Review & Photos: U-Roy in Paris, France 10/16/2012
10/18/2012 by David Katz / Photos by Michael Bunel
U Roy in Paris, France @ La Bellevilloise 10/16/2012
Every performing artist that has endured life on the road knows they must expect the unexpected. Things so often do not go according to plan (in fact, if anything can be guaranteed, it is that things won’t go as planned), and the unsettling experience usually calls for bad food taken at unsociable hours, in and out of anonymous hotels, and very little sleep as the miles clock up. All kinds of other elements come into the mix that may or may not lead to spoilage.
As a veteran of performance in many different capacities, Mr U Roy knows what the road can do. He is a consummate professional when it comes to music matters, and knows he will need to face whatever the fates have in store for him. And this mid-week gig made perfectly clear that U Roy is greatly loved in Paris. For several decades, the veritable deejay daddy has played here far more frequently than he does in London; in fact, due to the ‘skanky promoter’ element so prevalent in the UK, he has avoided British stage shows for many years, appearing only occasionally with his Sturgav sound system. Across the channel, things are entirely different, and with a dynamite new album to promote, Pray Fi Di People, released by the Bordeaux-based SoulBeats, there was a real buzz of anticipation building about the Paris gig, the first date of an extensive tour of France.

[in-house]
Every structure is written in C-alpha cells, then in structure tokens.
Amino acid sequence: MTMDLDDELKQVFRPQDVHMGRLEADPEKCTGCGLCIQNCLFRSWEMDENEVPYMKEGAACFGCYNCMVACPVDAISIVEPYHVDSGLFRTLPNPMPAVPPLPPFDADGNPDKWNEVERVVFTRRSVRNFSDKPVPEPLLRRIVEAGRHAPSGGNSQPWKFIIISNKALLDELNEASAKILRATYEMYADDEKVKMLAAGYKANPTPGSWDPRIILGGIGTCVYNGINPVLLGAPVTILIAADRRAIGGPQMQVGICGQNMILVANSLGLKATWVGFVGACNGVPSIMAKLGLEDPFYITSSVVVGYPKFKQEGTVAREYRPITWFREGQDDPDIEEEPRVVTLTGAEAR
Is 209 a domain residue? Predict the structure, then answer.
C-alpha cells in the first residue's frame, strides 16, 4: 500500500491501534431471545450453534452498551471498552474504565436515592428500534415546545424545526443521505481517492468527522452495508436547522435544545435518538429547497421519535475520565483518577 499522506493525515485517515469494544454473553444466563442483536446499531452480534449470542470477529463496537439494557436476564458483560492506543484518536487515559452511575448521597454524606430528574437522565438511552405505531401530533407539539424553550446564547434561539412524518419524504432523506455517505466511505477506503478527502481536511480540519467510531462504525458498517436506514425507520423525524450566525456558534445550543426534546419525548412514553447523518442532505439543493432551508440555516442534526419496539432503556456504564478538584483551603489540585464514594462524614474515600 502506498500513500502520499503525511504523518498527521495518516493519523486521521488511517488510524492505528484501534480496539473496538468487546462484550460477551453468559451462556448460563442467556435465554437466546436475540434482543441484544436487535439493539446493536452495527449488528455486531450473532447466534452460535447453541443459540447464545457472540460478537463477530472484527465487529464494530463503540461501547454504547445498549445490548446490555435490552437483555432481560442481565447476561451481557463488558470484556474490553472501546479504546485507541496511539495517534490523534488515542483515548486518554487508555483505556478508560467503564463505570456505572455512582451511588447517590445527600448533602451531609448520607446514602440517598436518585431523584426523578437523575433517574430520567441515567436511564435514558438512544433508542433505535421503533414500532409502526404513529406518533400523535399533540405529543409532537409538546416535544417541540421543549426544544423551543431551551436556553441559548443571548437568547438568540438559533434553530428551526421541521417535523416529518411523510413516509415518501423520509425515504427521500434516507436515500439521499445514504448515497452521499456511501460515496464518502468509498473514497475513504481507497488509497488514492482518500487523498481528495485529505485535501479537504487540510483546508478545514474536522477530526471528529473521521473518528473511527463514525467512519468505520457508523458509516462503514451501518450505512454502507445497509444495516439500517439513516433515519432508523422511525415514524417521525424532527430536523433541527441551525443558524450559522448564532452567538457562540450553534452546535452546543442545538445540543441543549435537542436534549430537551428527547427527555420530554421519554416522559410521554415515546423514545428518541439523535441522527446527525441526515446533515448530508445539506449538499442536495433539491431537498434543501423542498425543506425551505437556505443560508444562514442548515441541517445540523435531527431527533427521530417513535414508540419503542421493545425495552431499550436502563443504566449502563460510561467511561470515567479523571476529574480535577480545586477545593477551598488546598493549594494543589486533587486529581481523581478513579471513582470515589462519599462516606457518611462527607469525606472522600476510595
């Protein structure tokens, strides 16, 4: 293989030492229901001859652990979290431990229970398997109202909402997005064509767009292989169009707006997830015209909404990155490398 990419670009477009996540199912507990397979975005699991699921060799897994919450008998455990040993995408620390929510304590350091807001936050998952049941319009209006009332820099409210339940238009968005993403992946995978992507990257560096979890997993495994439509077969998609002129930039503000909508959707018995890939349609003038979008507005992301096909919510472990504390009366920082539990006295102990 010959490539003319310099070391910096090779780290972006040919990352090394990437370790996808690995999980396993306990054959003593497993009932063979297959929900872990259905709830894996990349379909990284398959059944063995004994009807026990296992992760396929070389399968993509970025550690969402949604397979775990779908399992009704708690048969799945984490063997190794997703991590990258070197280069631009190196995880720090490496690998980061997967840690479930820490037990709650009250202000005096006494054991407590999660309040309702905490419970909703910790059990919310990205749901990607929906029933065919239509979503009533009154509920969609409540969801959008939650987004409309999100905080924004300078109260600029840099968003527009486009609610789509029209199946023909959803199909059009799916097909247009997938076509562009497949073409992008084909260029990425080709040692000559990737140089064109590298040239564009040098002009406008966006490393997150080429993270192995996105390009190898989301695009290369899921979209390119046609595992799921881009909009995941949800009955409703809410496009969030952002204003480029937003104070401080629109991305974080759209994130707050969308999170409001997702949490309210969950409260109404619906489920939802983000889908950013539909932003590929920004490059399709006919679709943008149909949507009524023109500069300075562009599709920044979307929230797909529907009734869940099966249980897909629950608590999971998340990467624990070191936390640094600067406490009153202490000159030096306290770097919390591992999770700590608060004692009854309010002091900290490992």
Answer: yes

The multi-story edifice that is La Bellevilloise, on the outskirts of Paris’ Belleville district, is a building with a lot of history attached to it. Once the site of a political cooperative, it now houses spaces for various cultural activities and a trendy restaurant. Unfortunately, the live concert venue is relegated to the basement—a dank, airless space with a ceiling that could be a bit higher, and only one entry and exit point. However, the sound quality is thoroughly excellent, which is definitely a plus, and the volume was not overpoweringly loud either, as is often the case at UK venues.
By the time I reached the club, around 9:30pm, it was totally packed. I missed the young French ragga opening act, Papa Style and Baldas, and as some anonymous Groundation album played in the background, the anticipation for our main man was clearly building. The crowd was a good mix of people—mostly young white French kids with a vaguely trendy air, but also longstanding roots reggae heads, and a handful of dreads with Francophone African and Caribbean backgrounds. Finding a decent place to watch the concert was already a problem; stand at the back and you are too near the bar, which remained very busy (despite a limited choice of beers), stay by the front and you are constantly jostled by the fools that are streaming out and back for cigarettes breaks. And in the middle of the place, an impossible crush, with people sneezing into your beer, jostling your ribs, and not even realising (or caring) that your personal space had been invaded. One got the sense that the venue could have been a bit larger, since U Roy has a very loyal fan base in this town.